When workaholic widower Elliot Hopper (Bill Cosby) is killed in a tragic accident, his three children -- Danny (Salim Grant), Amanda (Brooke Fontaine) and Diane (Kimberly Russell) -- are left parentless. Now, Elliot has three days to return from the dead and get his family's finances and priorities in order. Will he be a better father in the afterlife? Sidney Poitier directs this family film that earned three Young Artist nominations.
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- Sidney Poitier
PGParental guidance suggested. Some material may not be suitable for children.
Full Screen 1.33:1Subtitles
Spanish (Neutral), FrenchClosed captioned
NoLanguage and sound
English: Dolby Digital 2.0 Stereo
Common Sense Note
Parents need to know that Ghost Dad is a 1990 comedy starring Bill Cosby as a father who, after becoming a ghost after a ludicrous car accident, must learn to put his family ahead of his career. There are some moments of inappropriate behavior -- for instance, after emerging from the car accident seemingly unharmed, a police officer approaches Cosby and urinates on him, because he has now become an invisible ghost. The cab driver who leads Cosby's character to his apparent death behaves like a psychopath, swerving his cab through a series of near-accidents while screaming "Do you worship Satan?" Aside from this, there is occasional profanity ("s--t," "bitch), and a scene where a man and woman hint at having sex while in a bedroom.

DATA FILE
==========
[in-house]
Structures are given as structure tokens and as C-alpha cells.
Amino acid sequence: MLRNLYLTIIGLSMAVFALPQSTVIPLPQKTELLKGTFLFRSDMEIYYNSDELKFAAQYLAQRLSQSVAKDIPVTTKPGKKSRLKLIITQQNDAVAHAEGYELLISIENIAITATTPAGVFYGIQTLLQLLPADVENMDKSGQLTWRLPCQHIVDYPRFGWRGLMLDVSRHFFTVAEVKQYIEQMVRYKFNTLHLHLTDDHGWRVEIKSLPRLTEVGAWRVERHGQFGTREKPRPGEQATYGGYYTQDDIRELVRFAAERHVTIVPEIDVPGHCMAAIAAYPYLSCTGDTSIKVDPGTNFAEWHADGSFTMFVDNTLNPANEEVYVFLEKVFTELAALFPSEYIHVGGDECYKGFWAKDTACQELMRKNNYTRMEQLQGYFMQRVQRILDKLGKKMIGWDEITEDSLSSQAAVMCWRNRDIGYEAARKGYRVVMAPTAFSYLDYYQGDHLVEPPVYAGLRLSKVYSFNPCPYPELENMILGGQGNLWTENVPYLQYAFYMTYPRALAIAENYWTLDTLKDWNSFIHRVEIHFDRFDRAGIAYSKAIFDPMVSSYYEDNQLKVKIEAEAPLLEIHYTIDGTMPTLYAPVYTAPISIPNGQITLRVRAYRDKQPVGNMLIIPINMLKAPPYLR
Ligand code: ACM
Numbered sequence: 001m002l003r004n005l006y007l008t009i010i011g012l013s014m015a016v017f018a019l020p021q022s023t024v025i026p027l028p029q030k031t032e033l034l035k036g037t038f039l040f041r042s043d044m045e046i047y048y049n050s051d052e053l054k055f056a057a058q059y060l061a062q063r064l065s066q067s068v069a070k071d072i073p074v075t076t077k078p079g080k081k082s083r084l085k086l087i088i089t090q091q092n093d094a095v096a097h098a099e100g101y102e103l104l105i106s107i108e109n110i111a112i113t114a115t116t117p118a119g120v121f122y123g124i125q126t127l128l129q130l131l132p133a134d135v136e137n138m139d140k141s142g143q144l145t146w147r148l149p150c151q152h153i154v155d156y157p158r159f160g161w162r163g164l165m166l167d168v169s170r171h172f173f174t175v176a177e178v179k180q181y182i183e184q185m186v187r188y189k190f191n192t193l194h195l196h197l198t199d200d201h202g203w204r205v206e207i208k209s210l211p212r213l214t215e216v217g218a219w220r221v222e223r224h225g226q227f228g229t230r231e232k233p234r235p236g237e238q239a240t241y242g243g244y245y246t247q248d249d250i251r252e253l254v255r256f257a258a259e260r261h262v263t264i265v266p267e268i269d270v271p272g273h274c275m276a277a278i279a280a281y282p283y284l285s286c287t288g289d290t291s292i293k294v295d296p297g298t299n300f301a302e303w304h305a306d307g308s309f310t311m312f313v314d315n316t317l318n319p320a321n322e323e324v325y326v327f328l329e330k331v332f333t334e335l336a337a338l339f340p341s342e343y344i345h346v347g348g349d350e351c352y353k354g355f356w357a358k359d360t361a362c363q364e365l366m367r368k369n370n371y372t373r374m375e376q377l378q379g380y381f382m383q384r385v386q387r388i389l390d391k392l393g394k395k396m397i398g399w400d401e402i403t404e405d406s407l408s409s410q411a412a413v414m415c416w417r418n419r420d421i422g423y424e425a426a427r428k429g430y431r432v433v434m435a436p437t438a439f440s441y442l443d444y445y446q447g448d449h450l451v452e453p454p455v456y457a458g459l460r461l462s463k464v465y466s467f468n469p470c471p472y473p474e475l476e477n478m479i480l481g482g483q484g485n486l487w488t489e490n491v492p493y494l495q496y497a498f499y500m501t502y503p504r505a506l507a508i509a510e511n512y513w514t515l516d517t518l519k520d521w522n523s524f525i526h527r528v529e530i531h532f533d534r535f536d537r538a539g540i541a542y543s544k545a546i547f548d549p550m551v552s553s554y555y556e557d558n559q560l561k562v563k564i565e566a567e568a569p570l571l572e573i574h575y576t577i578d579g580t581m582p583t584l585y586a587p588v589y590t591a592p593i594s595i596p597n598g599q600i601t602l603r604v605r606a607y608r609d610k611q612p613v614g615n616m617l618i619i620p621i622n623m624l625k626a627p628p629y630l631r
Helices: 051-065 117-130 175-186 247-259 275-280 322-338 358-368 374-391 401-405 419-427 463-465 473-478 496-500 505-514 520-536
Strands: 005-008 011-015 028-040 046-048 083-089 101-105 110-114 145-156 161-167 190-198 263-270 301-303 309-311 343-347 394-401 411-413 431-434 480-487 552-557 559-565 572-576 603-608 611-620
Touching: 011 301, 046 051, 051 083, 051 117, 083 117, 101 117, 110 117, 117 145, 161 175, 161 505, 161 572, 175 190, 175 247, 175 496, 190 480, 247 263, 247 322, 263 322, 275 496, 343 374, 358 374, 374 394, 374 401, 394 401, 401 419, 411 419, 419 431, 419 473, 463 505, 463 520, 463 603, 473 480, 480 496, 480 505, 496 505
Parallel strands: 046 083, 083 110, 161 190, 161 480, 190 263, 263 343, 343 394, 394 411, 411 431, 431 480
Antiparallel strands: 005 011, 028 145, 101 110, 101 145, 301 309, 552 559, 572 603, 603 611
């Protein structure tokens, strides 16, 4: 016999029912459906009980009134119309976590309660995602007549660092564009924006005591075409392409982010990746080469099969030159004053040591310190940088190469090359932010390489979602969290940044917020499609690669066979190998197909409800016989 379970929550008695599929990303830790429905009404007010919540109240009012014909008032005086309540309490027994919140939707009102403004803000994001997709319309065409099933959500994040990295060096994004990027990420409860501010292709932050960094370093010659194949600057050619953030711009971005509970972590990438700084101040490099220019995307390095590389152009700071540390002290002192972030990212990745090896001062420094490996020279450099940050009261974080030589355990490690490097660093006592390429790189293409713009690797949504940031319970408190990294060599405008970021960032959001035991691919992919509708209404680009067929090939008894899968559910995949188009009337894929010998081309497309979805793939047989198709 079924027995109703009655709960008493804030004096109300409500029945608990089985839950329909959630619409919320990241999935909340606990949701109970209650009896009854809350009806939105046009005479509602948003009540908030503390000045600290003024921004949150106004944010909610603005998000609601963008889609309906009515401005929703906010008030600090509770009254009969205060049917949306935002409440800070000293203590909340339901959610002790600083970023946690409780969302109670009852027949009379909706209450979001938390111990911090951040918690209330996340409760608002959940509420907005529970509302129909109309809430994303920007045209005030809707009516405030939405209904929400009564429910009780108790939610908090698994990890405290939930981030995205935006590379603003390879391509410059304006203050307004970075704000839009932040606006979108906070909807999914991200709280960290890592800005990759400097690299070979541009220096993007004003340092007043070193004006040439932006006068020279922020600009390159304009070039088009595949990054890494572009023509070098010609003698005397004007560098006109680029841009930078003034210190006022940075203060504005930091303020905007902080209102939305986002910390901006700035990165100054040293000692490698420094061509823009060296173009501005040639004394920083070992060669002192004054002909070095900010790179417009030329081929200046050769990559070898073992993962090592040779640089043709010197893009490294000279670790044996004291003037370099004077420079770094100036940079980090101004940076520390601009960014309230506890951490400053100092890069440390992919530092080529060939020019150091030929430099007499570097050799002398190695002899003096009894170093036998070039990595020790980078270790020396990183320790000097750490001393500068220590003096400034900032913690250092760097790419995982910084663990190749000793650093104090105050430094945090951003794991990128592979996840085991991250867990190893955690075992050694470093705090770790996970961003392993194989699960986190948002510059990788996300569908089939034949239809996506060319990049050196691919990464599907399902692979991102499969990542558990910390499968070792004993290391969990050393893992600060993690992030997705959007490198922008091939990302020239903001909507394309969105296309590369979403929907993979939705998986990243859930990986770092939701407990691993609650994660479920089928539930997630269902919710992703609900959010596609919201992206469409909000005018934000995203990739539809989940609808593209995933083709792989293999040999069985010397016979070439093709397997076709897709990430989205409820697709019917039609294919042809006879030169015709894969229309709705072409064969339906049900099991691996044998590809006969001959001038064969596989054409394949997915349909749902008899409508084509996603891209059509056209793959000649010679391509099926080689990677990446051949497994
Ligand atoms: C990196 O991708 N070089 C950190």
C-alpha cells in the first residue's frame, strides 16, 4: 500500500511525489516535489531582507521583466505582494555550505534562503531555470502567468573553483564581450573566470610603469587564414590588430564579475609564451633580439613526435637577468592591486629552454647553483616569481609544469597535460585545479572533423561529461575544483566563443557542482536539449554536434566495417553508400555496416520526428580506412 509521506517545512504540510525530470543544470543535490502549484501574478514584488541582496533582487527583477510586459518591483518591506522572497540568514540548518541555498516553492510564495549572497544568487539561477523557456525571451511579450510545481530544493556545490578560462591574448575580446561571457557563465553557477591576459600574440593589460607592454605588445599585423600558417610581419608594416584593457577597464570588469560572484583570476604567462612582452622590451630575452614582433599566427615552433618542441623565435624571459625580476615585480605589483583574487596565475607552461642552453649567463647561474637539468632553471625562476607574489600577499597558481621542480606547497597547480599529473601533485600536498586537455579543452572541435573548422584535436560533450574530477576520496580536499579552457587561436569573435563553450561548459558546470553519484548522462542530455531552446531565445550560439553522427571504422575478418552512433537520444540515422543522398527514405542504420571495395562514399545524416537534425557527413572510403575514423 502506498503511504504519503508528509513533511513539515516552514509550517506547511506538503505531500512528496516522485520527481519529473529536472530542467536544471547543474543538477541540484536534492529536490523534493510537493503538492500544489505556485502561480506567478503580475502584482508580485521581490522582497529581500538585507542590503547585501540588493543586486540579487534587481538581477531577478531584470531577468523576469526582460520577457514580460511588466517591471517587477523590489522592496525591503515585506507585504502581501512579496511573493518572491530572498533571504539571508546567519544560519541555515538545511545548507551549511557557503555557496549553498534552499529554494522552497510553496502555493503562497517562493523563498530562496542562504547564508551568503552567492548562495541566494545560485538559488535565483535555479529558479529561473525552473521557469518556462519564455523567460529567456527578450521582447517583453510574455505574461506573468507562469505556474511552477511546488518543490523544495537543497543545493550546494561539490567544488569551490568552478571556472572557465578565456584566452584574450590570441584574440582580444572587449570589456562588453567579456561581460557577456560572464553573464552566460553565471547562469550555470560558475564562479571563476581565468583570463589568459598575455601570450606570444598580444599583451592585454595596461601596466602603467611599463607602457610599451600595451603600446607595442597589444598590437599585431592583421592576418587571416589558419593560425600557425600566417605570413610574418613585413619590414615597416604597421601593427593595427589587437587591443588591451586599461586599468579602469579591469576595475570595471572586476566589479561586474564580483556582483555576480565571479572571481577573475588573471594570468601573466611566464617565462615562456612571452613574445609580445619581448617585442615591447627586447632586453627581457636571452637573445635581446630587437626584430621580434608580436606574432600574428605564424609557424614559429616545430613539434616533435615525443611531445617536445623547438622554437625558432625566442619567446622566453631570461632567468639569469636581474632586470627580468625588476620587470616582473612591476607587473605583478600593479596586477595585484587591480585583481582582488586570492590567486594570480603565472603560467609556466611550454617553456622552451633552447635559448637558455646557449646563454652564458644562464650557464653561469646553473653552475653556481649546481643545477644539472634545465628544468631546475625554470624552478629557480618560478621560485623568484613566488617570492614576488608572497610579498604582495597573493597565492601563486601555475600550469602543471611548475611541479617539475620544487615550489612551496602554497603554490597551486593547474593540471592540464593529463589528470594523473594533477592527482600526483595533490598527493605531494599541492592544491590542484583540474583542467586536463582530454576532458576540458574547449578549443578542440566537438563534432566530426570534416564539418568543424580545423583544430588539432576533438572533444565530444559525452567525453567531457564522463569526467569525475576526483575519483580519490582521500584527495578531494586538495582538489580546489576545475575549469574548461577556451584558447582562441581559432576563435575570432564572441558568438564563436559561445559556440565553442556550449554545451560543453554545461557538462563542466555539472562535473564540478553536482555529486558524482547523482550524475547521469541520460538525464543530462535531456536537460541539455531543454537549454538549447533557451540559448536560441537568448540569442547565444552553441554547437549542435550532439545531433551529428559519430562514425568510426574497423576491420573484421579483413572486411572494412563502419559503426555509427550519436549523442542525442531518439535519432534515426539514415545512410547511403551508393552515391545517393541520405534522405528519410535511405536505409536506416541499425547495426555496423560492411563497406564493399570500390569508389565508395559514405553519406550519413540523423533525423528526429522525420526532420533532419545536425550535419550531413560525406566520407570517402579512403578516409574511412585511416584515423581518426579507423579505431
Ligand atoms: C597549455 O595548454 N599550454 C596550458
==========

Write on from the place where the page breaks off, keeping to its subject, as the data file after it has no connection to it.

- Sexual Content
- A man and a woman are in a bedroom, making references to "afternoon delight" and "performance anxiety."
- A man is presumed dead after the cab he is riding in rolls off a bridge after the cabbie drives recklessly throughout the city. A teen girl falls down the stairs after slipping on a pair of roller skates and ends up in a coma in the ER.
- "Jesus Christ." "Eat s--t." "Crappy." A teen boy calls the house of a teen girl, and when the girl's father answers, he asks him to "put the bitch on the phone." The father, in ghost form, goes through the phone wires and screams the expression at the boy several times.
- Social Behavior
- Through talk and example, the main character learns the importance of putting family over career.
- Not applicable
- Drugs / Tobacco / Alcohol
- A ghost pours himself a drink of scotch. He tries to drink it, but it literally goes through him and falls to the floor.
- Age appropriate
- Not an issue
- Depends on your kid and your family
- Not appropriate for kids of the age most likely to want to see it